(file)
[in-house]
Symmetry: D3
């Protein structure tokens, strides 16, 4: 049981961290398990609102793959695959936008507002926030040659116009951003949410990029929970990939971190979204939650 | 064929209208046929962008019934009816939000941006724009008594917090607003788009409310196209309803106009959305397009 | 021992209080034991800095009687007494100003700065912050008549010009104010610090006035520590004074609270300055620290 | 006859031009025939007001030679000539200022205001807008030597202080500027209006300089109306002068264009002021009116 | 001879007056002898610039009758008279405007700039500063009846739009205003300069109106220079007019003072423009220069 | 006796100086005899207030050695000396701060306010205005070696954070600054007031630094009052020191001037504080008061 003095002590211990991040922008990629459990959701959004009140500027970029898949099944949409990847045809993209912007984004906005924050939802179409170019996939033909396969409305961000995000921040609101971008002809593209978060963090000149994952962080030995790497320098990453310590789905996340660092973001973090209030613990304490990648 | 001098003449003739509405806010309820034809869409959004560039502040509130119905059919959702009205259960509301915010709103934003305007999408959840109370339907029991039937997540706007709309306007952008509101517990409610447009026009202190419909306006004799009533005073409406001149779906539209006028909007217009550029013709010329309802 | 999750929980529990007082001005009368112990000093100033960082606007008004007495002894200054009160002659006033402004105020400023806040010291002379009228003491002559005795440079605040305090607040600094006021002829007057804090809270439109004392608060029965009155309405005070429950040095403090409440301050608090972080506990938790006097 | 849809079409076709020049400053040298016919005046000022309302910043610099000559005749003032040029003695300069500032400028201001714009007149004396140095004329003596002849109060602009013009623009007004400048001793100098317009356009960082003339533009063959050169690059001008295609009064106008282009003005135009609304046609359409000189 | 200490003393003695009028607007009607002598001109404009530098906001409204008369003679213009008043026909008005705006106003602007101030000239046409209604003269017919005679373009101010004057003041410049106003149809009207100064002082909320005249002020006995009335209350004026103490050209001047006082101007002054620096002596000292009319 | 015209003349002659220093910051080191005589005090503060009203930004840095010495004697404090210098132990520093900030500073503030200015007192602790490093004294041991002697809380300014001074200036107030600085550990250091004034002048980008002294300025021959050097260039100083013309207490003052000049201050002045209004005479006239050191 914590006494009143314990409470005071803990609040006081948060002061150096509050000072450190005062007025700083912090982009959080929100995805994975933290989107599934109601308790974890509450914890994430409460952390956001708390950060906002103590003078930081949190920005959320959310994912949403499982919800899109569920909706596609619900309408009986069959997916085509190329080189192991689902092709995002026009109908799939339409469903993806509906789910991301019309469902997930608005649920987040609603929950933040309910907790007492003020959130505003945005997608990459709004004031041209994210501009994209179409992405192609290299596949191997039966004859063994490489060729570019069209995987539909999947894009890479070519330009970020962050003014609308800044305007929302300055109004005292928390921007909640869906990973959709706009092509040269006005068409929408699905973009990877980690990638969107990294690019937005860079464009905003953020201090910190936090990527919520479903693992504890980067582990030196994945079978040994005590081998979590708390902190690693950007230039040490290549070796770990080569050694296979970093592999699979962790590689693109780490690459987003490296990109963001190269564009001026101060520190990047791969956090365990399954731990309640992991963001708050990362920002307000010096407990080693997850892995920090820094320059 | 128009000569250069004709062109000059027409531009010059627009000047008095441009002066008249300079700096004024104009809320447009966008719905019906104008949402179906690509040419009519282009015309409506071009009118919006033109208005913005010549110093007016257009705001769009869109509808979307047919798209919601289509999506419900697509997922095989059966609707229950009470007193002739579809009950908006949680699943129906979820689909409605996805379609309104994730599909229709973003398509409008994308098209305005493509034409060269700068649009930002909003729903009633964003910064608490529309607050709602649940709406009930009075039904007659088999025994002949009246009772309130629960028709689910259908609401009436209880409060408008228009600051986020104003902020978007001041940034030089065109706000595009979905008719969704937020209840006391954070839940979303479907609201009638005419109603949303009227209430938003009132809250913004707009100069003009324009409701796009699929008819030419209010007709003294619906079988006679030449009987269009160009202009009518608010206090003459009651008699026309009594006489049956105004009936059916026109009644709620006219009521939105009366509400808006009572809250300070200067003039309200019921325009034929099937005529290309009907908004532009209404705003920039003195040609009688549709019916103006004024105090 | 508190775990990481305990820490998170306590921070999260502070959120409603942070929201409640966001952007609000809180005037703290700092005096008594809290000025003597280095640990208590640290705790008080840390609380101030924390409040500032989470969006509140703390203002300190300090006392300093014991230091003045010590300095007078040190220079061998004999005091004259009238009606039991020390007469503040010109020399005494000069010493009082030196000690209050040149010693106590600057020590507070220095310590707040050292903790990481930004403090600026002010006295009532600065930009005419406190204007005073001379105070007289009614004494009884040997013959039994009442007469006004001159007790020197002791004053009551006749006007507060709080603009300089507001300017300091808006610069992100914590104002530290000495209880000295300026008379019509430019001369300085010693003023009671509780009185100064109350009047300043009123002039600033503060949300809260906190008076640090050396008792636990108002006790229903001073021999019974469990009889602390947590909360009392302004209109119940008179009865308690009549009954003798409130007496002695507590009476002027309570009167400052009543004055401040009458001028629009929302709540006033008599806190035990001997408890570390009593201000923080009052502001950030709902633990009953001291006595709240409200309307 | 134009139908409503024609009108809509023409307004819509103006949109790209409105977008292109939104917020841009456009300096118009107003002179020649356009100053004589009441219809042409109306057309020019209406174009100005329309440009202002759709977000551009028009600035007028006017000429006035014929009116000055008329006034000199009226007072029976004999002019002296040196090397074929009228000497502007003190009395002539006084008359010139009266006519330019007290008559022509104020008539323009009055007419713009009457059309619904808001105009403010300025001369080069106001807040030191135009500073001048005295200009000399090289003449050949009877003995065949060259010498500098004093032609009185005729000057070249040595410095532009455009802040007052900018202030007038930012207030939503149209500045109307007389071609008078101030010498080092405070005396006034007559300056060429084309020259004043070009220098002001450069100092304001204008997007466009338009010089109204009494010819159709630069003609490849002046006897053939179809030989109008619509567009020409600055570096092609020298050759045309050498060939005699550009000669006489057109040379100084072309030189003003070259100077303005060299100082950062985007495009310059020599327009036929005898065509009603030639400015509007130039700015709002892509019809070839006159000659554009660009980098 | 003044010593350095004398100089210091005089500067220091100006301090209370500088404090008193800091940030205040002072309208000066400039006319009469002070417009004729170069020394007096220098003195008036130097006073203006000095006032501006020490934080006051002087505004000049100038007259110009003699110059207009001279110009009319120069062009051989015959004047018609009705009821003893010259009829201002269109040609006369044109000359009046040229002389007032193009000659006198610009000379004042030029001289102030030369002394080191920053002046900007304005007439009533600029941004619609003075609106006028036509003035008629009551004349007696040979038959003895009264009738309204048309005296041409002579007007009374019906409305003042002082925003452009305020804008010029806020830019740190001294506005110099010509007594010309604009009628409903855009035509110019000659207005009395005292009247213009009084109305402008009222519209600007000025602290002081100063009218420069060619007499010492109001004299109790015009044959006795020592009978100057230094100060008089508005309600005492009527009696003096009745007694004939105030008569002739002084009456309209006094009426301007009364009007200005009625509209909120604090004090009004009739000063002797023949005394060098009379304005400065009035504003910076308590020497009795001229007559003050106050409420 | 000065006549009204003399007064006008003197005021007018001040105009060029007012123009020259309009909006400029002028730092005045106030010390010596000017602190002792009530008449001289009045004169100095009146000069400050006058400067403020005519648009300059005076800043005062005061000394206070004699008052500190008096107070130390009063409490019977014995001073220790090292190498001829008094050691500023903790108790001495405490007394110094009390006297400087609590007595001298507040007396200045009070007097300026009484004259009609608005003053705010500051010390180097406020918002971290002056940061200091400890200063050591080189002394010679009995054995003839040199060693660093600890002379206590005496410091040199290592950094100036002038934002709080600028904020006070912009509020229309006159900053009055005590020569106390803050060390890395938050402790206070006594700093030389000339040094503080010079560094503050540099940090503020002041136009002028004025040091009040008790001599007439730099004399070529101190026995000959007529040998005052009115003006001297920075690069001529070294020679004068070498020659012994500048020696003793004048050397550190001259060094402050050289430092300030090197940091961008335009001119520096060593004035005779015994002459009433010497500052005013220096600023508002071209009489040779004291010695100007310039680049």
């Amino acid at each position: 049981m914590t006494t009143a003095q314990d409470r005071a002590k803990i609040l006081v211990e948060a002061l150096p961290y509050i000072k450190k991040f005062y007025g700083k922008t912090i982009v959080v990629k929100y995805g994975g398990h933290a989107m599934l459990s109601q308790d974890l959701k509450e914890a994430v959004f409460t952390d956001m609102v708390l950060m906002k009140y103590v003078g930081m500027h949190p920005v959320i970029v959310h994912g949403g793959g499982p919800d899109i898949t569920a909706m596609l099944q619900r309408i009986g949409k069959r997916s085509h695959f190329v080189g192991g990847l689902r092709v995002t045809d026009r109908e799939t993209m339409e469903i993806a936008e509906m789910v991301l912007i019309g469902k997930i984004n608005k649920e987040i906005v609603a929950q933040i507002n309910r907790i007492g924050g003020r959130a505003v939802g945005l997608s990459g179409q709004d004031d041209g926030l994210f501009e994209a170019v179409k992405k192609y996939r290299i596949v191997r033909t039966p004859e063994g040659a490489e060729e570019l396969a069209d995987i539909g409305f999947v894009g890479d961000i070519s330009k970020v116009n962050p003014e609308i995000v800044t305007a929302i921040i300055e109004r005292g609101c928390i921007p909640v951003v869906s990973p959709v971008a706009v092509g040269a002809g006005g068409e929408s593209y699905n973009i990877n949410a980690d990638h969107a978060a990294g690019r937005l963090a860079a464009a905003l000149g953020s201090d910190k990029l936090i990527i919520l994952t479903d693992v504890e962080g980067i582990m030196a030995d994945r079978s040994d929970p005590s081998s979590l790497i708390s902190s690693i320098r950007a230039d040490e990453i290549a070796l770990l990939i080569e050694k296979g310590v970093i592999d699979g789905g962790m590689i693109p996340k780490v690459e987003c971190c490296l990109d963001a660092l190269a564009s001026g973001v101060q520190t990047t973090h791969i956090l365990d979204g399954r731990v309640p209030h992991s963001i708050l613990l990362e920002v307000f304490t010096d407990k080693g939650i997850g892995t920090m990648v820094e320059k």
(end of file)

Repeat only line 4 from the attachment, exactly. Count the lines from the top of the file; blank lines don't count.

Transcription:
């Amino acid at each position: 049981m914590t006494t009143a003095q314990d409470r005071a002590k803990i609040l006081v211990e948060a002061l150096p961290y509050i000072k450190k991040f005062y007025g700083k922008t912090i982009v959080v990629k929100y995805g994975g398990h933290a989107m599934l459990s109601q308790d974890l959701k509450e914890a994430v959004f409460t952390d956001m609102v708390l950060m906002k009140y103590v003078g930081m500027h949190p920005v959320i970029v959310h994912g949403g793959g499982p919800d899109i898949t569920a909706m596609l099944q619900r309408i009986g949409k069959r997916s085509h695959f190329v080189g192991g990847l689902r092709v995002t045809d026009r109908e799939t993209m339409e469903i993806a936008e509906m789910v991301l912007i019309g469902k997930i984004n608005k649920e987040i906005v609603a929950q933040i507002n309910r907790i007492g924050g003020r959130a505003v939802g945005l997608s990459g179409q709004d004031d041209g926030l994210f501009e994209a170019v179409k992405k192609y996939r290299i596949v191997r033909t039966p004859e063994g040659a490489e060729e570019l396969a069209d995987i539909g409305f999947v894009g890479d961000i070519s330009k970020v116009n962050p003014e609308i995000v800044t305007a929302i921040i300055e109004r005292g609101c928390i921007p909640v951003v869906s990973p959709v971008a706009v092509g040269a002809g006005g068409e929408s593209y699905n973009i990877n949410a980690d990638h969107a978060a990294g690019r937005l963090a860079a464009a905003l000149g953020s201090d910190k990029l936090i990527i919520l994952t479903d693992v504890e962080g980067i582990m030196a030995d994945r079978s040994d929970p005590s081998s979590l790497i708390s902190s690693i320098r950007a230039d040490e990453i290549a070796l770990l990939i080569e050694k296979g310590v970093i592999d699979g789905g962790m590689i693109p996340k780490v690459e987003c971190c490296l990109d963001a660092l190269a564009s001026g973001v101060q520190t990047t973090h791969i956090l365990d979204g399954r731990v309640p209030h992991s963001i708050l613990l990362e920002v307000f304490t010096d407990k080693g939650i997850g892995t920090m990648v820094e320059k």